• Semiconductor nanocrystals (NCs; also termed quantum dots (QDs)) are portions of semiconductor material composed of a few hundreds to thousands of atoms. Nanocrystals/quantum dots have useful and interesting optical properties resulting from quantum confinement, which occurs in particles which are smaller than the Bohr excitation radius of the material they are composed. The range of properties of nanocrystals/quantum dots is reflected in a range of technical applications in the optoelectronic field, for example as discussed in WO 2004/039830 and WO 2004/054923. Luminescent semiconductor nanocrystals, for example, are currently being studied extensively due to their size-tunable emission properties.1,4 Varying the size of the nanocrystals allows the emission wavelength to be tuned whilst the absorption characteristics remain similar. A single light source can therefore be used for simultaneous excitation of particles of a range of sizes (and therefore emission wavelengths). Advances in synthesis of highly luminescent semiconductor nanocrystals promote their applications in different fields including bioimaging.5-8 There are two general strategies for NCs preparations, i.e., the organometallic synthesis based on the high-temperature thermolysis of the precursors 9,10 and the aqueous synthesis using various thiols as stabilizing agents.11,12 Although the high-temperature organometallic approaches can yield high-quality NCs with better crystallinity and higher luminescence quantum yields (QY), aqueous synthetic methods are simple, safe, inexpensive, reproducible, versatile, and easy to scale up. In addition, the aqueous synthetic approaches produce water-soluble NCs and are able to modify the surface properties of NCs simply by changing the stabilizing mercapto-compounds with appropriate free functional groups. These are important advantages for biological applications as they require water-soluble NCs and versatile functional groups for biomolecule coupling. Since 1996 when the aqueous synthesis of CdTe NCs was first reported,11 significant progresses have been made in the preparation of thiol-capped CdTe NCs. However, lacking of the desired quality NCs with high luminescence quantum yields and photostability hinders many potential applications. The most common method to enhance the optical properties of luminescent NCs is to coat a higher band gap shell on the core particles using organic synthetic procedures; a thin-layer of inorganic shell such as ZnS or CdS on top of the core dramatically increases both the quantum yields and photostability due to elimination of the core surface traps by the shell. 13,14 Provision of a lower band gap shell is desirable in relation to other optoelectronic applications. However, it is not clear yet whether similar core/shell NCs can be prepared in aqueous solutions to improve the optical properties of NCs.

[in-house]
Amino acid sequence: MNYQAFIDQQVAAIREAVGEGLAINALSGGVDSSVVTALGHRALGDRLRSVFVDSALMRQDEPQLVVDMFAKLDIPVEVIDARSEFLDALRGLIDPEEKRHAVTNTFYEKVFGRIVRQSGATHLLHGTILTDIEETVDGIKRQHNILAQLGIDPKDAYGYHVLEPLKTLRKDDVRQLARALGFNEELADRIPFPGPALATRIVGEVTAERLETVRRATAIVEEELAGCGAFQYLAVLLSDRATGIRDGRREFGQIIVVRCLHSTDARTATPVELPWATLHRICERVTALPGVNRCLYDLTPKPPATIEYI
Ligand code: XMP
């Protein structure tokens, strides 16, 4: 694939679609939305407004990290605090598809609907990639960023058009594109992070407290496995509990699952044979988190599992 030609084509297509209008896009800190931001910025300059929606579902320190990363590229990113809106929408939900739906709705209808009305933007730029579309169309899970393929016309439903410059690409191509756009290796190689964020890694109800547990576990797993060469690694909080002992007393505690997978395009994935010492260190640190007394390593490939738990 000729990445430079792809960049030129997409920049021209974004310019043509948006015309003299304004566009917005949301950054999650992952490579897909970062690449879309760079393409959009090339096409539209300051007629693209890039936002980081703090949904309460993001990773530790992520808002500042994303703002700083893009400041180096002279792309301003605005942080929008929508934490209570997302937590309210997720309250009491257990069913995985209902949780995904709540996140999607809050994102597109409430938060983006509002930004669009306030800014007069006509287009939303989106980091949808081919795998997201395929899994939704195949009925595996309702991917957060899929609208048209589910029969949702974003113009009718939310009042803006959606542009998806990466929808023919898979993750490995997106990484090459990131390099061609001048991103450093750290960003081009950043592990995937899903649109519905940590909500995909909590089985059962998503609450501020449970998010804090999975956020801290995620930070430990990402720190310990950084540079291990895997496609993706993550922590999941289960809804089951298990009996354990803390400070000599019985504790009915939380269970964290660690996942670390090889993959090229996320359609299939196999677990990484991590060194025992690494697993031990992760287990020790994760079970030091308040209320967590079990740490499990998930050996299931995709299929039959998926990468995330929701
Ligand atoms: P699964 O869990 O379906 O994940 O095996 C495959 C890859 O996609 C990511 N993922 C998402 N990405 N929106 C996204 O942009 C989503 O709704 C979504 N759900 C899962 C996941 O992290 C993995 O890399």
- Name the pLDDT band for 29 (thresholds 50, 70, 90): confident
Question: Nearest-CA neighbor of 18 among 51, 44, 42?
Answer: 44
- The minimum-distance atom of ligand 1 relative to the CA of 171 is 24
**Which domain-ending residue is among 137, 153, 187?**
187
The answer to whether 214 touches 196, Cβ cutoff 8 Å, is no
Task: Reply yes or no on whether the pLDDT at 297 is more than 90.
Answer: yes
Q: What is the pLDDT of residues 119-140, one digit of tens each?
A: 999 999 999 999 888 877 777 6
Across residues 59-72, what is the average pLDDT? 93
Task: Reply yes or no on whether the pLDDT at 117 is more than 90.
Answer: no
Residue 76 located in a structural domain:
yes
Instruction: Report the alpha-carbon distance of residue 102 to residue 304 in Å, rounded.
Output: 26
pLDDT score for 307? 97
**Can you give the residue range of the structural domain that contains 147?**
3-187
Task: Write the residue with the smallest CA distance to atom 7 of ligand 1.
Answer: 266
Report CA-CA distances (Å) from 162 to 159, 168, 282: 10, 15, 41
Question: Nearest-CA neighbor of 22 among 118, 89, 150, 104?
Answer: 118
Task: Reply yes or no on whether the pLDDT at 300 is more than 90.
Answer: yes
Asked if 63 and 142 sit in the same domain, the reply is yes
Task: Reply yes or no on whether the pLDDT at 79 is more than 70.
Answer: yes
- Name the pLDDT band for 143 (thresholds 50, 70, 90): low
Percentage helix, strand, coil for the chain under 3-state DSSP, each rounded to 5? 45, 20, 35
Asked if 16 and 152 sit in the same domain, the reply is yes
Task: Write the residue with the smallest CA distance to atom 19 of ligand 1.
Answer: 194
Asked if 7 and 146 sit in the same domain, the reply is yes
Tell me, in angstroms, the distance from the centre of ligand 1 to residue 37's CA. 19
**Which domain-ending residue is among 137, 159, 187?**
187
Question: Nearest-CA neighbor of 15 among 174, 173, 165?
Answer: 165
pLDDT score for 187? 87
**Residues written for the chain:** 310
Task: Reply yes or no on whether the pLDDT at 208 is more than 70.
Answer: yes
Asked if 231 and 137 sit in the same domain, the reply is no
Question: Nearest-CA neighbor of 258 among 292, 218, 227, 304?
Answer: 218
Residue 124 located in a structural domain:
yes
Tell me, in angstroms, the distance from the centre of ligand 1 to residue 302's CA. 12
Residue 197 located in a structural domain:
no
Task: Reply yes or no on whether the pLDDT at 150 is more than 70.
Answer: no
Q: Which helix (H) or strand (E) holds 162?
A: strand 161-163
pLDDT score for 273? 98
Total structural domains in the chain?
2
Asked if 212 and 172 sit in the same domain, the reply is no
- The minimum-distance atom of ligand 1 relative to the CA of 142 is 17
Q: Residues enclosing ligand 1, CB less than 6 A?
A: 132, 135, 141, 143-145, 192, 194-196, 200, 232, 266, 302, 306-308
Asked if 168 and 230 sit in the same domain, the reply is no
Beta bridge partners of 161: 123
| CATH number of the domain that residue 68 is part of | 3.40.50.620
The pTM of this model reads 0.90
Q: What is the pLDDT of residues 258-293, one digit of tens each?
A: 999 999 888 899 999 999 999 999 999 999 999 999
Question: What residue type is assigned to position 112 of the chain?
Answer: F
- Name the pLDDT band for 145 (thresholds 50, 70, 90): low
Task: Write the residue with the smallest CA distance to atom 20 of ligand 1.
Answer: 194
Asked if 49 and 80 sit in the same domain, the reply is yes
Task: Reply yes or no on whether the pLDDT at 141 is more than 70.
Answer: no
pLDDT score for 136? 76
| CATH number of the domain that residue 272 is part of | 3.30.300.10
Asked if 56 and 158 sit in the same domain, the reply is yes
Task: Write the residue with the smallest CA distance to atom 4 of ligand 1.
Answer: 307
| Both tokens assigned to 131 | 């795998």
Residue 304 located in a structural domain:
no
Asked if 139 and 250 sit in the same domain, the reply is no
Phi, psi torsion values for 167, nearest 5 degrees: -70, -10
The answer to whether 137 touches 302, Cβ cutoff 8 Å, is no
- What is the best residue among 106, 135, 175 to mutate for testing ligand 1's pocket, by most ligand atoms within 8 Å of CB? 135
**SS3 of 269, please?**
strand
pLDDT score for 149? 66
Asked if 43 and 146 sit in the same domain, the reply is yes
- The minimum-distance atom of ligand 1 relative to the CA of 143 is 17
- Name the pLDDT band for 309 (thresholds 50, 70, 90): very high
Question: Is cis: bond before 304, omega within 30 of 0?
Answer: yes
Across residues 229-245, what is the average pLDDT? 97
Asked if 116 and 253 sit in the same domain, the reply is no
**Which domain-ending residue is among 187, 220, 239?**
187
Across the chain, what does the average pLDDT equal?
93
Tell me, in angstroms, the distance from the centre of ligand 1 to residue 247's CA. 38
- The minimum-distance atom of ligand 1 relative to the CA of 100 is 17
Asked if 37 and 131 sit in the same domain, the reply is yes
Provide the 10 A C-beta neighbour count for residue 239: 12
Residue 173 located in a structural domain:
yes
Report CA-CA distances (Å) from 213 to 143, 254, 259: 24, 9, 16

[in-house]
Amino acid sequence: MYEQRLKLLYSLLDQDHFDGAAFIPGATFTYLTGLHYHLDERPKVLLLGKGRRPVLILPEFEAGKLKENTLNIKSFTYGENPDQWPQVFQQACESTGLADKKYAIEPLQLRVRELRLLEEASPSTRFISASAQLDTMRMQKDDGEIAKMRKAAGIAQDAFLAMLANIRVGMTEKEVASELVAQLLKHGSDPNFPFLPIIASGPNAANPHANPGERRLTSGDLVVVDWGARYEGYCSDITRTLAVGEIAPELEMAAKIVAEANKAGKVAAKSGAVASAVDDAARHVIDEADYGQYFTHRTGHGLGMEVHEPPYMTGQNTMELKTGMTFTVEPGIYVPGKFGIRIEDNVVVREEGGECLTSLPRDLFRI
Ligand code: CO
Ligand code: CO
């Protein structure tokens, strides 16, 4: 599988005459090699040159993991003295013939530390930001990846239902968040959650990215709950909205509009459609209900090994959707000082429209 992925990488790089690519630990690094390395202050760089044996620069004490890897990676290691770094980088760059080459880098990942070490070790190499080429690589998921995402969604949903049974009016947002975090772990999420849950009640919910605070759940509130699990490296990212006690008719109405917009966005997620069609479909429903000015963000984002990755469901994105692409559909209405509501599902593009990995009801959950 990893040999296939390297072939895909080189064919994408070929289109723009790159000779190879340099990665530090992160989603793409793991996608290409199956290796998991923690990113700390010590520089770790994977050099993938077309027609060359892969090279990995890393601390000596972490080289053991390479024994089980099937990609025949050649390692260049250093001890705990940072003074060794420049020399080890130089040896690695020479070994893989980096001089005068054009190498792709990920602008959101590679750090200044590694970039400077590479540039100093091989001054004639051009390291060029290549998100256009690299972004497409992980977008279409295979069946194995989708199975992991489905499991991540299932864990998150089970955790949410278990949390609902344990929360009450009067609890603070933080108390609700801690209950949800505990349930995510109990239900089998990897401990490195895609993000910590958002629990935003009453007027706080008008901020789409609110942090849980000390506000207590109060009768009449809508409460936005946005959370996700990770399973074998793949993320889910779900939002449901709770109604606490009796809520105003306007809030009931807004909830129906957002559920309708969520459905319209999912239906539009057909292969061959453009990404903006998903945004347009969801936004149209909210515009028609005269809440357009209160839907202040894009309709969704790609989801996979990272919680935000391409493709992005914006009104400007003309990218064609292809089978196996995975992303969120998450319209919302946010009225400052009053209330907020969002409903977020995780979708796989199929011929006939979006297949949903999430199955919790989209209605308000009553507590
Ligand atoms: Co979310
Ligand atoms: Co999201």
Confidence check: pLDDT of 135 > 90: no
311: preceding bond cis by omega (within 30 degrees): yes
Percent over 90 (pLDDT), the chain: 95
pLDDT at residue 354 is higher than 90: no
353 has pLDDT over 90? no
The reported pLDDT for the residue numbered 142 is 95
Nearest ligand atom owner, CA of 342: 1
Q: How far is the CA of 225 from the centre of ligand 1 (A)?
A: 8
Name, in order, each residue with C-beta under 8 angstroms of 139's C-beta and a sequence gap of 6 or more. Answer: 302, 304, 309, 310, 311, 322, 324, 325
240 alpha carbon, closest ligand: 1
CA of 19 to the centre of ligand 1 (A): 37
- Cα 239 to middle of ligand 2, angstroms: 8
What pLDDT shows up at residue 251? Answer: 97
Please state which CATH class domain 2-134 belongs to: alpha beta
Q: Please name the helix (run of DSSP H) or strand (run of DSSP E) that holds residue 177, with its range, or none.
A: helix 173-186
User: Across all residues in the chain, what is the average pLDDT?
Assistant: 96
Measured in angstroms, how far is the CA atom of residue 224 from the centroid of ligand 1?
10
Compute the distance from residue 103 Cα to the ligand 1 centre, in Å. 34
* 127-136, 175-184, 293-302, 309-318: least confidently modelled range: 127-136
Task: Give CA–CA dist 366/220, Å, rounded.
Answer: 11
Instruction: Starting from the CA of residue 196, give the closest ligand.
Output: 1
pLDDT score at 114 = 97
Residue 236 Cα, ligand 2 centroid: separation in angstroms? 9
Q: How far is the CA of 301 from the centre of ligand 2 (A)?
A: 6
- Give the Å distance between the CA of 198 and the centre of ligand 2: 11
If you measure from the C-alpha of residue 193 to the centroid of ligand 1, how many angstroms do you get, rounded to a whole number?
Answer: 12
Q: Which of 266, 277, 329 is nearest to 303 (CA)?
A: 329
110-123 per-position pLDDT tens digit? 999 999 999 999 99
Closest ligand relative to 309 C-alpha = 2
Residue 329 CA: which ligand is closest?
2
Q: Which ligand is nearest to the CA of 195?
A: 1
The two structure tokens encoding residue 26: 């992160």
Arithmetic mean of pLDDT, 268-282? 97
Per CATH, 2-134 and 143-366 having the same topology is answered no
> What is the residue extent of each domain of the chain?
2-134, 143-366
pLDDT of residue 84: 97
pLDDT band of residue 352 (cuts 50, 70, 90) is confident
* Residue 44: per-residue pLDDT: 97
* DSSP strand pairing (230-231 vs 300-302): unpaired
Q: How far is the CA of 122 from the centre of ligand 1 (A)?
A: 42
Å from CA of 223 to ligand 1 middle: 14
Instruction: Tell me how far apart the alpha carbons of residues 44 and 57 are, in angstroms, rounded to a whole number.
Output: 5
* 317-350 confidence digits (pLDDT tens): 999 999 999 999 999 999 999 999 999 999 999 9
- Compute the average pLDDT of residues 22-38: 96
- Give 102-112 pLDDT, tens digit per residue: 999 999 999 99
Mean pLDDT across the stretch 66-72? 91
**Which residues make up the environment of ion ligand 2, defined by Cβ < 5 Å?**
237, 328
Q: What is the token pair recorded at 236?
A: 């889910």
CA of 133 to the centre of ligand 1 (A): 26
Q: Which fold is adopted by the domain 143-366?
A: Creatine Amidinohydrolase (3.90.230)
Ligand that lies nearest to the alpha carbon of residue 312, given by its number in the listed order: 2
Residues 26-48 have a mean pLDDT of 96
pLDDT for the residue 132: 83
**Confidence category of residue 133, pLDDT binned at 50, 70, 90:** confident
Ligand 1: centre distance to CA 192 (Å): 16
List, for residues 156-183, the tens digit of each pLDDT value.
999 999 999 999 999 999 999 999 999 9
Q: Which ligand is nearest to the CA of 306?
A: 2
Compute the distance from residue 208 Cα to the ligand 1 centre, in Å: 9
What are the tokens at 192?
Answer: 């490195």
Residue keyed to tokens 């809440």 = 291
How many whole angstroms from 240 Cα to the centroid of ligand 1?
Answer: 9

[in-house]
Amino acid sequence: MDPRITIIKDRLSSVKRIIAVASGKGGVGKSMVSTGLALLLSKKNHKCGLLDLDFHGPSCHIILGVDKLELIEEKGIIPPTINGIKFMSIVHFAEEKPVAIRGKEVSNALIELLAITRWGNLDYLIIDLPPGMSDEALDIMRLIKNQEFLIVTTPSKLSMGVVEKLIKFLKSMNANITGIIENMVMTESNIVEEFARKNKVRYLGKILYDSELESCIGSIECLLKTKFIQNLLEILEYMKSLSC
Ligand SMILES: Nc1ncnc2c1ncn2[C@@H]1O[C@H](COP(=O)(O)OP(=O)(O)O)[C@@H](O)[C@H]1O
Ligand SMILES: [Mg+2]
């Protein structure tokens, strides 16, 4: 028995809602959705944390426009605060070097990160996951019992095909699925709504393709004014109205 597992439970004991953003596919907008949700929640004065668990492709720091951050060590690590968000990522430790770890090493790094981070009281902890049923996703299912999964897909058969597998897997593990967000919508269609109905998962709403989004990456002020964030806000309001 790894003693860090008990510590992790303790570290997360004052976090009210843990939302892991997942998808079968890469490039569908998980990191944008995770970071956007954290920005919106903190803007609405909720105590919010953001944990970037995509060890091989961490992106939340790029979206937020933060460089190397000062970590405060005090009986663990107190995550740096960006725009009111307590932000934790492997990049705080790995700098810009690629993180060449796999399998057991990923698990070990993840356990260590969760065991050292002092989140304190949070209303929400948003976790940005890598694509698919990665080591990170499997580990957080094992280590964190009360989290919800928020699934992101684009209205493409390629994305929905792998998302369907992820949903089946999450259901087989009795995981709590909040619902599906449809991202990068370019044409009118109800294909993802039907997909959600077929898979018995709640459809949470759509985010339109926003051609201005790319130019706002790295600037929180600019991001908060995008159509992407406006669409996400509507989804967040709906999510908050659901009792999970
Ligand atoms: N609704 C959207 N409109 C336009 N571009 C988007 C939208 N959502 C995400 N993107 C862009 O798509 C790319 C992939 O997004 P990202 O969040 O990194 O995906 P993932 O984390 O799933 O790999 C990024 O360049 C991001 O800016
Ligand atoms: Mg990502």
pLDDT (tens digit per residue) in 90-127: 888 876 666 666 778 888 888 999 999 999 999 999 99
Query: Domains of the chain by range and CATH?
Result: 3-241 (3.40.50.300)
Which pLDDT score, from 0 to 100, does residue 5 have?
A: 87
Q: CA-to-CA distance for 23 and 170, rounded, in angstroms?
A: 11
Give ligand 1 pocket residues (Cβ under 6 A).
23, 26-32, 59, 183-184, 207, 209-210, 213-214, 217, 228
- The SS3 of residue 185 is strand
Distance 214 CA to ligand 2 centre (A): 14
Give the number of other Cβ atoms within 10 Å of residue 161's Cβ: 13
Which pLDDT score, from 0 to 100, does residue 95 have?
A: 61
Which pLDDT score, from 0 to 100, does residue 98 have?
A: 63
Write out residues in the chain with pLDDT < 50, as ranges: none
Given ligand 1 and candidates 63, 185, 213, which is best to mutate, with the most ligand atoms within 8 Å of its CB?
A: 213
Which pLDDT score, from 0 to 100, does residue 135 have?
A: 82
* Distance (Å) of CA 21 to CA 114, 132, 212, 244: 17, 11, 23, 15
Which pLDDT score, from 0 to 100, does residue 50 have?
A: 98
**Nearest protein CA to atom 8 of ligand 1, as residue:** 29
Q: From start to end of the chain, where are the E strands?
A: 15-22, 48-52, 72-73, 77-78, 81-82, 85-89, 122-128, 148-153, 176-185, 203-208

• Recently, CdTe/ZnS and CdHgTe/ZnS were successfully synthesized by an aqueous-organic hybrid approach.15 In this method, the cores synthesized by an aqueous method were transferred from aqueous solution to organic solvents prior to coating the shell. The ideal method would be to complete the both core growth and shell coating processes in aqueous solution.
  • We report shell coating in aqueous solution. We provide, for example, a simple method to coat CdTe NCs with CdS in aqueous solution to yield photo stable CdTe/CdS core/shell NCs with a photolife at least ten times more than that of CdTe NCs. We consider that the CdS-rich pre-surface layer of CdTe cores, created by favorable reaction conditions, could play a crucial role in promoting the CdS shell growth by minimizing the lattice mismatch. The shell growth dramatically enhanced both luminescence quantum yield and photochemical stability of these NCs compared to the cores. The CdTe/CdS core/shell NCs prepared by this method showed the highest quantum yields (>50%) among all NCs synthesized in aqueous condition. This method can also be applied to the synthesis of other II-VI semiconductor core/shell NCs in aqueous solution. Importantly, by pre-modification of the surface layer of core particle, this method can be easily employed to synthesize, for example, photostable, highly luminescence core/shell NCs in aqueous solution. These findings will help to use greener chemistry approaches to synthesize NCs for various biotechnological applications.
  • A first aspect of the invention provides a method of providing a shell on a semiconductor nanocrystal core comprising the step of synthesising the shell on a previously-synthesised core in an aqueous medium.
  • The semiconductor nanocrystal can be an optoelectronic nanocrystal. The semiconductor nanocrystal can be a luminescent semiconductor nanocrystal.